[an error occurred while processing this directive]
BBC News
watch One-Minute World News
Last Updated: Tuesday, 17 April 2007, 14:39 GMT 15:39 UK
What can the Danes teach us about happiness?
The Magazine answers...

The Little Mermaid
Denmark is famed for Andersen, Schmeichel and extreme happiness
Danes are the happiest people in Europe, a survey suggests. But what is the secret of their contentedness?

Something is markedly unrotten in the state of Denmark.

Asked to rate both their happiness and long-term life satisfaction, Danish people trounce their European cousins.

Many in Denmark put this regularly-surveyed contentedness down to a dynamic economy and a pleasant work-life balance, with people leaving the office on time, jumping on effective public transport and heading off to pick up their delightful children from a shiny, well-run kindergarten.

But there are others out to savage the myth of the happy Dane, arguing that low expectations of life account for their unusually happy disposition.

To be well off, have a better work-life balance and good public services, and, possibly, to lower our expectations

Kevin McGwin, from Maine in the US, works on the Copenhagen Post newspaper, and is well-used to surveys suggesting the Danish love of life. It could all be down to a pleasant quality of life, he suggests.

"Denmark is very consumer-oriented and very family-oriented. People are sure to leave work at 4.30pm. They work their eight hours and go home. Pressure to work overtime doesn't exist."

Denmark has a 37-hour week. Parents get 52 weeks of maternity/paternity leave to be shared between them - 24 weeks is usually at full pay, with the rest often at as much as 90% pay. Much of it can be spread over the first nine years of the child's life. Childcare is subsidised with no parent being asked to pay more than 25% of the cost.

A regular feature in the BBC News Magazine - aiming to answer some of the questions behind the headlines

Danish ambassador to London Birger Riis-Jorgensen says he doesn't find it surprising Danes rate themselves as happy.

"In other parts of Europe globalisation is perceived as a threat. For Danes, 78% think globalisation is an opportunity.

"We have high taxes but we have generous unemployment benefits, a lot of life-long learning. We feel secure and we feel that we have opportunities.

"We have a lot of faith in government as an institution. The authorities are normally competent, uncorrupt and approachable."

Danish metro
Public transport is ominously clean

Danes fundamentally believe their state is well run, Mr Riis-Jorgensen says, but citizens are still capable of complaining when there are problems with public services.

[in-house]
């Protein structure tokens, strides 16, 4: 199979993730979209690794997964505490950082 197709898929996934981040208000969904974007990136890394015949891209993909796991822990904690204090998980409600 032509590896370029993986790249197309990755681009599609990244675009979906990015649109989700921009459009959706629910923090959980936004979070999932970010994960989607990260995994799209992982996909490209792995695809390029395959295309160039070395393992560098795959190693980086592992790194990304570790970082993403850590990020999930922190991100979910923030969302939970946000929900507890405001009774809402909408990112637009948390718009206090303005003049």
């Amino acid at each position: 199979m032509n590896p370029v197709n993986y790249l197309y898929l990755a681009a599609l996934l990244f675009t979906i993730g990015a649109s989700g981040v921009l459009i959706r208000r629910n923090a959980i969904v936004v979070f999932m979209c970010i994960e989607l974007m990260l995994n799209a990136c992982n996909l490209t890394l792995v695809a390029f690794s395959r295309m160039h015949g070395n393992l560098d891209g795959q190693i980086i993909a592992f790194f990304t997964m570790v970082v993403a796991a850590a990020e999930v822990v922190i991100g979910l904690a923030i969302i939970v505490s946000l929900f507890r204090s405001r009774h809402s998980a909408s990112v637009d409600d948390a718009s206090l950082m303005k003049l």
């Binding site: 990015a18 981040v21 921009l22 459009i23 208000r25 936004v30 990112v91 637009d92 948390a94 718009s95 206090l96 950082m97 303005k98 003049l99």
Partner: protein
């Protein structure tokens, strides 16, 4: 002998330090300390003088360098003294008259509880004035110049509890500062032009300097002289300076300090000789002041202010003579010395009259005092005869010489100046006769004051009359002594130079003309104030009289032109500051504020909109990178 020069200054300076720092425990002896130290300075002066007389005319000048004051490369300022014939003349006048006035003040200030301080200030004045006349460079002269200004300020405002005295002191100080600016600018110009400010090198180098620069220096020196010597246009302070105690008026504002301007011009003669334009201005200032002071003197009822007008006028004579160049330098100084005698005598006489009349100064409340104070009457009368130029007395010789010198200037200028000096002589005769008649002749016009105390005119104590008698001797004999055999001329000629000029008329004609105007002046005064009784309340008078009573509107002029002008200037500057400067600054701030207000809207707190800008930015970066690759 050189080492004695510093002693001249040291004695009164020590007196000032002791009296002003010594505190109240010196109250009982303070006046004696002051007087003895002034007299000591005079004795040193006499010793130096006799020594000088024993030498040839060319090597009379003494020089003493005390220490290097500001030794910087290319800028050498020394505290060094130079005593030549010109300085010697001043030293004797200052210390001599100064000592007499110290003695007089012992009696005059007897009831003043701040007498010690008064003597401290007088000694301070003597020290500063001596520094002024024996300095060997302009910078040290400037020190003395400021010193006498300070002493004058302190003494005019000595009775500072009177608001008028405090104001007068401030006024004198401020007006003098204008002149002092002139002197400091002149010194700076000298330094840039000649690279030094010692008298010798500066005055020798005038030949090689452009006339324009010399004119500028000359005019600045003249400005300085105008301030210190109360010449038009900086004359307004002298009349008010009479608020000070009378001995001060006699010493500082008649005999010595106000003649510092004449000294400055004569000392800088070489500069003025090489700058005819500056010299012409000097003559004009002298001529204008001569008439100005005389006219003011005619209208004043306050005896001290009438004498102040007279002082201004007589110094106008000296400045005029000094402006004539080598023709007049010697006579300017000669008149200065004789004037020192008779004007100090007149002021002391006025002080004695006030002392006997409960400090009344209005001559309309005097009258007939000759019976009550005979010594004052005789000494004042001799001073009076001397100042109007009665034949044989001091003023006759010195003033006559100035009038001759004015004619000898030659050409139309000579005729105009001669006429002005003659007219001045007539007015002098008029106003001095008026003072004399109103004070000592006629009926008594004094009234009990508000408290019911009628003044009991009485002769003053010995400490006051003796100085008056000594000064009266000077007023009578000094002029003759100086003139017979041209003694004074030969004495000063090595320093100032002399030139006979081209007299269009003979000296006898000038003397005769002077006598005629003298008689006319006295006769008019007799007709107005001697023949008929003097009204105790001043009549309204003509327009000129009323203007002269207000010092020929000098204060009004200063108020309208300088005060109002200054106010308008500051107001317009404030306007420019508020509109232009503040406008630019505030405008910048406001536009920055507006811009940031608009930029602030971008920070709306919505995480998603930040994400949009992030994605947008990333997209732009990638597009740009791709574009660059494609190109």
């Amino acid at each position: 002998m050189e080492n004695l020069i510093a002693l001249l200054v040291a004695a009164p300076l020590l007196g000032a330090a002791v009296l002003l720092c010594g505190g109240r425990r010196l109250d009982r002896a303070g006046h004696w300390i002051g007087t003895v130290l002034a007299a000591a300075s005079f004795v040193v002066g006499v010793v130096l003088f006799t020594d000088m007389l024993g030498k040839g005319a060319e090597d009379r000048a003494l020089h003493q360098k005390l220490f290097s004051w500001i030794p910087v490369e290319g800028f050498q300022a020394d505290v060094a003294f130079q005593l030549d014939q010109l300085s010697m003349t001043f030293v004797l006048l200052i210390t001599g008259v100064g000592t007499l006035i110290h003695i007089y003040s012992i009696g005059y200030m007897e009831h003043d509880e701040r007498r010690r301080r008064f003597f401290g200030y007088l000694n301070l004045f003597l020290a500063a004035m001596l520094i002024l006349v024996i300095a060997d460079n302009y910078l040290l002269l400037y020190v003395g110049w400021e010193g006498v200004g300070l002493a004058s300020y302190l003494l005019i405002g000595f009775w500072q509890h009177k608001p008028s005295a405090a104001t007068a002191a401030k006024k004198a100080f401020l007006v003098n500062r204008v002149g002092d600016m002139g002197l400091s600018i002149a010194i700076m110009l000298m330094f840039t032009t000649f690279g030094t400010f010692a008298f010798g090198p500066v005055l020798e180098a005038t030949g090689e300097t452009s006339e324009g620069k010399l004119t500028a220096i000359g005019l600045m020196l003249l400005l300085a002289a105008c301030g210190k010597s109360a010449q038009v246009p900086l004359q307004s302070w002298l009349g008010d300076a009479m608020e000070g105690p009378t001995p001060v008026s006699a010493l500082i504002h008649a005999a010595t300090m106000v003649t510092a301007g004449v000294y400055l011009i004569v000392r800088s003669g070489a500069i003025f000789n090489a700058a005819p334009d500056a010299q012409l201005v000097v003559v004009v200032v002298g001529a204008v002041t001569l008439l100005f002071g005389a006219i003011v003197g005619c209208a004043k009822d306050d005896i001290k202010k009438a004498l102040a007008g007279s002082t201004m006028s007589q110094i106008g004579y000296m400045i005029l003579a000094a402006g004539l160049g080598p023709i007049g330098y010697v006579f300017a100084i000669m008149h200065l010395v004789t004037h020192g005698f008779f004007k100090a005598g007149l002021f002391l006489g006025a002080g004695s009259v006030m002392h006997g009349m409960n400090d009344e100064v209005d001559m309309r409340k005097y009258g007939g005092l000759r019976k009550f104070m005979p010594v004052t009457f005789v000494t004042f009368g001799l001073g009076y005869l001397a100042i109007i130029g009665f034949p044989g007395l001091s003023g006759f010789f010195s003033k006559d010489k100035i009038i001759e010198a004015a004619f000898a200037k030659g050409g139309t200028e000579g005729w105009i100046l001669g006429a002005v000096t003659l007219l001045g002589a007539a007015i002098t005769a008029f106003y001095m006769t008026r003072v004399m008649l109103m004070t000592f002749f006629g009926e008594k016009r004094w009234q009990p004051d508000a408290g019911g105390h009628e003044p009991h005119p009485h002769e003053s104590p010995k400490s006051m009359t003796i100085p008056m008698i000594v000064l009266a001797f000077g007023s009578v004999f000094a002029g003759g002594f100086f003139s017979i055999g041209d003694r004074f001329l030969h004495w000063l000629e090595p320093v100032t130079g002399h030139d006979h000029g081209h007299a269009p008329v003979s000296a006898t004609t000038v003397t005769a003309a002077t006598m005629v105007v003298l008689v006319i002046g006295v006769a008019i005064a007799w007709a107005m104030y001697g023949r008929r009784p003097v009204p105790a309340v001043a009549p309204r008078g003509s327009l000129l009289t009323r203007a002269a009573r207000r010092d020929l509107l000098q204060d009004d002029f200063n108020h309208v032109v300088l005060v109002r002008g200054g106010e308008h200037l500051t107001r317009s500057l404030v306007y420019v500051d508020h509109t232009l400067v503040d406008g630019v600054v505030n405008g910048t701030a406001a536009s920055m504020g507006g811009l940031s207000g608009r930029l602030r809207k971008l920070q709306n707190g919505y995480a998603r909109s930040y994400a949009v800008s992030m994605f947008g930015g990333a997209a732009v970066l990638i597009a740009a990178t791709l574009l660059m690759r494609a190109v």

"If 5% of trains are running late it is a political problem."

And the safe streets of Copenhagen can be a surprise to foreign visitors.

"When foreigners are finding out they can safely let their children bike to school in the suburbs of Copenhagen they get pretty amazed."

But a study by the University of Southern Denmark earlier this year found success in happiness surveys might be down to low expectations.

Fears not realised

Researcher Kaare Christensen looked back over three decades of surveys that had created the legend of the "happy Dane".

"In countries such as Italy and Spain, people have much higher expectations for what the coming year will bring, but they're not especially happy or satisfied with their existence."

But Danes take a more realistic view of life, he suggested at the time.

"Year after year we're just happy that things didn't go as badly as we'd feared."

And even McGwin, who is married to a Dane, is sceptical that Danes' happiness is all its cracked up to be.

"The weather here is pretty lousy and half the year it's dark. They are as depressed as Hamlet some days."

Below is a selection of your comments.

A country like Denmark, with clean streets, straight forward laws, simple tax systems, easy going health care, nice easy going work hours and work practices. Not to mention lower prices on goods in the shops..... I can't think what they've got to be happy about.... no, I can't work it out, you're going to have to help me with this, it has me stumped.
Jon, Nottingham

I was a student in Copenhagen for 2 years and worked there for another 2 years. I used to commute everyday by public transport and it was hardly ever on time. Cancellations were very common during rush hour. Danes dont expect much out of life - their medical care is free and so is the children's education - they are content with that. However, for someone more ambitious, Denmark is just not the place. While in university, we would term Denmark as a modern communist state! Denmark suffers from its own 'brain drain' - which prompted me also to shift base to The Netherlands.